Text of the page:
with fresh and sustainable food options. (See the Co- recent budget cuts will continue to present difficult
Curricular Activities section for more information on decisions on how to excel in our greening efforts and
CASFS.) maintain a viable bottom line.
• There are many student programs focused on food • Consumer education and creating healthy consumer
systems such as: habits is an ongoing process that requires more
• Program in Community and Agroecology (PICA) social and innovative forms of media and outreach.
which provides a two-unit discussion class, as
well as informal and structured learning activities.
• The Kresge Food Cooperative is a cooperatively-
owned and run food outlet on campus that sells
produce and bulk goods, and specializes in
sustainable and organic goods. Overview
Food Options and Serving
• Meal Options and Portions
Note: We are still finalizing our contracted
vendor and independent retail food business Purchasing
agreements for compliance with the UCOP • Local/Organic Foods
policy and support for reaching the goals set • Other Certifications
therein. Update on Page: xx • Low-Waste Disposables
Performance and Operations
• Waste Tracking and Disposal
• Waste Prevention
• Energy Efficiency
• Green Certification
Education and Outreach Activities
• Ongoing Efforts
• Selection of Food Systems Events
Composting Outreach Activities
• Receiving Locations/Volume Diverted
• Ongoing Efforts
Food Options and Serving
3 | 2010 UCOP UC Santa Cruz Food Systems Working Group Report
Meal Options and Portions
Every dining hall at every meal on campus offers both
hot and cold vegetarian and vegan options, which are
clearly labeled. Students are actively encouraged to
Figure F1: Total Food Purchases by Category
Source: UCSC Dining Services
Why This Indicator?
The types of foods provided in the campus dining halls
and the way in which the food is served can greatly Note: It is important to use simple criteria to
influence the overall ecological footprint of the improve food procurement (such as organic, local,
University. Locally-grown and purchased foods travel and fair trade), but the proportions purchased of
less distance and consume fewer fossil fuels during various products matters equally.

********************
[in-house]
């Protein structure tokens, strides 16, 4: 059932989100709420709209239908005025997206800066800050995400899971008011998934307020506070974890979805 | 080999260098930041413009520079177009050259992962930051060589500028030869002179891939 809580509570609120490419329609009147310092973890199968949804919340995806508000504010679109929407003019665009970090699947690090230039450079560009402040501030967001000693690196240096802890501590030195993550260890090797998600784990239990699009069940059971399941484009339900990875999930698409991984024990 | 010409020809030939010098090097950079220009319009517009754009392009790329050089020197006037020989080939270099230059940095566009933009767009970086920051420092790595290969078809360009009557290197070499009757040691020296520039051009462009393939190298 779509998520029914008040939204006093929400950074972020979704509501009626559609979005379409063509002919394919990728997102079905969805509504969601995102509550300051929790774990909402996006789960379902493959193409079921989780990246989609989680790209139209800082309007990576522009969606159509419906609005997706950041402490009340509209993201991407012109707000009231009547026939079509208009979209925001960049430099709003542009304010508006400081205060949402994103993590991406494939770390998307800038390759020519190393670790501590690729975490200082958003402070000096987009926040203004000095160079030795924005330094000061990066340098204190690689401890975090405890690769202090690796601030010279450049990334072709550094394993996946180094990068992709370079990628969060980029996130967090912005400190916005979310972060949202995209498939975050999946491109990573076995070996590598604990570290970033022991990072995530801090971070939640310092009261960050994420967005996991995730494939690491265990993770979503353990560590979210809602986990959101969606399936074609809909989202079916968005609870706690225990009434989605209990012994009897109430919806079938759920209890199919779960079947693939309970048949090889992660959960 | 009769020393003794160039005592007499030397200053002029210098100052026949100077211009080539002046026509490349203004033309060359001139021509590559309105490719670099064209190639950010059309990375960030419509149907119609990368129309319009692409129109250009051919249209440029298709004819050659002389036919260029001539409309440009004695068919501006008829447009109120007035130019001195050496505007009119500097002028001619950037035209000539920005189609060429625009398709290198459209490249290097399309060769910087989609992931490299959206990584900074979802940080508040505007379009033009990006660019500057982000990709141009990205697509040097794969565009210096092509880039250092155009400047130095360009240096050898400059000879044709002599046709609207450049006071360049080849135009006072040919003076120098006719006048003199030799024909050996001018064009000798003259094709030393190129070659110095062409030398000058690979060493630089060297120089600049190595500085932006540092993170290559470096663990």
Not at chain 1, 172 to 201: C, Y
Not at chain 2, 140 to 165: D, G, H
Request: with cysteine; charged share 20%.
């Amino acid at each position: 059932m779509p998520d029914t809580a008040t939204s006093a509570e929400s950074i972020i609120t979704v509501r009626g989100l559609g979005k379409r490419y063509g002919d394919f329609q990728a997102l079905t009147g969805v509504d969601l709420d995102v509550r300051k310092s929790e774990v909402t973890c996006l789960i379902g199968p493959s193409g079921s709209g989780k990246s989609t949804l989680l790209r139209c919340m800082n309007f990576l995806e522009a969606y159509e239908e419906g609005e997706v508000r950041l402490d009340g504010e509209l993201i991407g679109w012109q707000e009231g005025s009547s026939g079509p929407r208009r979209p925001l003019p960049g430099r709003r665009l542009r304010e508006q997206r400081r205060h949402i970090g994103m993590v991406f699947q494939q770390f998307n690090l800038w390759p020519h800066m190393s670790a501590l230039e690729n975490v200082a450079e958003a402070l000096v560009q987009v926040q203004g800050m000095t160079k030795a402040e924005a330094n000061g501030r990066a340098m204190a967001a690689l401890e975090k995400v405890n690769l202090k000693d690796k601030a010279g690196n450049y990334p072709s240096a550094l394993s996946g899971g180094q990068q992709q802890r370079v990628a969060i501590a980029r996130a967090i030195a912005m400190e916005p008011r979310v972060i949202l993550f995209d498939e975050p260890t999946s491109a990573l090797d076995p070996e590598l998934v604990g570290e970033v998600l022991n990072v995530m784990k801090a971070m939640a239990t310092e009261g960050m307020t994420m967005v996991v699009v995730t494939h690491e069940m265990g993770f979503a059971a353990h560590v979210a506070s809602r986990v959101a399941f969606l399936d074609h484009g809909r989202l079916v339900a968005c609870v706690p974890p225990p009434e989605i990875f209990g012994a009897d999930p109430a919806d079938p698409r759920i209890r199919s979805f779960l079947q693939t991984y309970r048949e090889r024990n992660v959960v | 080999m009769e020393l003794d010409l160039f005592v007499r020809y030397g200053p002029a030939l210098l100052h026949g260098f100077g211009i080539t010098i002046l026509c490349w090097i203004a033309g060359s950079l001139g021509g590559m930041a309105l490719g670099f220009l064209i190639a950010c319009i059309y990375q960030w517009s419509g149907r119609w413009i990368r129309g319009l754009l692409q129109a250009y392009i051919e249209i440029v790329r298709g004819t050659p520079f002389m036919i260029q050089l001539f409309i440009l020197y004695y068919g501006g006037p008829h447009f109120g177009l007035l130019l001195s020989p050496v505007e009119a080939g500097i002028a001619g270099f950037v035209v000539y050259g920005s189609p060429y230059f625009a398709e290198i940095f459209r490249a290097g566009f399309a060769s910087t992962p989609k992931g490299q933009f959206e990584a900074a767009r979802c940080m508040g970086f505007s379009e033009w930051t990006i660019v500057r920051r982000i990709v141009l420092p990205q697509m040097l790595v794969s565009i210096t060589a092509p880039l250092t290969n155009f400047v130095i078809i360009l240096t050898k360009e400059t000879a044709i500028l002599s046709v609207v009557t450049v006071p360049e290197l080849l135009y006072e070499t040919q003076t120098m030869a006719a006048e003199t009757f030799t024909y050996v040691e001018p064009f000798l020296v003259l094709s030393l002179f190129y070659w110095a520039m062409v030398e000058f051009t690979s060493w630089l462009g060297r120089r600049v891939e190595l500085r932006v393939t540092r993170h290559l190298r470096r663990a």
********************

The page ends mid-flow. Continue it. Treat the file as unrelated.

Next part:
transportation. Vegetarian and vegan foods generally
require fewer resources (water, land, and fertilizers) to Considered as its own economic sector,
produce. According to a report published by the United agriculture accounts for about one-fifth of global
Nations Food and Agriculture Division, “The livestock greenhouse gas emissions, a large majority of
sector is a major player, responsible for 18 percent of water use, and many other impacts on health and
greenhouse gas emissions measured in CO2- the environment. These impacts are
equivalent. This is a higher share than transport.” disproportionately high for animal products and
processed foods. And of course, diet is the
Unlike food from conventional agriculture, organic food foundation of health.
may not be grown with synthetic pesticides or fertilizers,
which may end up in ground and surface waters, air, Figure F1 suggests that UCSC's consumption of
wildlife, and the food itself. Thus, local and organic fruits and vegetables has room to rise, relative to
food, including vegetarian and vegan options, is other dietary categories.
preferable in terms of human health and the
environment. The University’s provision of these foods
plus activities that promote thoughtful food selection
and portioning, decrease the amount of food and
energy waste overall.
Livestock's Long Shadow: Environmental Issues and take small portions and to sample foods before they fill
Options, United Nations Food and Agriculture their plate to minimize waste. All first-year students
Organization, 2006. living in the residence halls have an unlimited meal
2010 UCOP UC Santa Cruz Food Systems Working Group Report | 4
plan. This is believed to reduce waste because it takes Organics, Earthbound Farms, and other larger organic
away the pressure of eating larger quantities to get the producers.
most out of each meal.
UCSC is the first institutional member of the Community
Purchasing Alliance with Family Farmer’s Buy Fresh Buy Local
initiative on the Central Coast, joining in 2006-2007.
BFBL is part of a national program in over 42 states,
Why This Indicator?
with more than 70 chapters (www.foodroutes.org).
Not all food and food service outcomes are readily
quantifiable. There are many different criteria that Dining went 100% organic with its primary contract on
indicate various levels of a food’s “sustainability.” In coffee with Peerless, a San Francisco based roaster
some cases, there is an absence of data: food sourcing and coffee service provider.
has become complex, and few vendors track the
geography of sources, making it difficult to accurately Other Certifications/Sourcing Notes:
identify the distance food travels. Similarly,
straightforward yes/no criteria such as organic Other sustainability criteria that UCSC uses to evaluate
certification do not exist for (or are only one facet of) its food purchases include:
certain food purchasing: for meat, dairy, and especially
seafood, there are numerous ways of describing • The Community of Agroecology Network (CAN)
“sustainable” options. coffee is available at all dining facilities. This
coffee, known as “fair trade direct” provides better
The campus dining facilities have two key reasons to returns to the farmers than traditional fair trade
provide local and organic food options. One is to help and much better than conventional coffee., nearly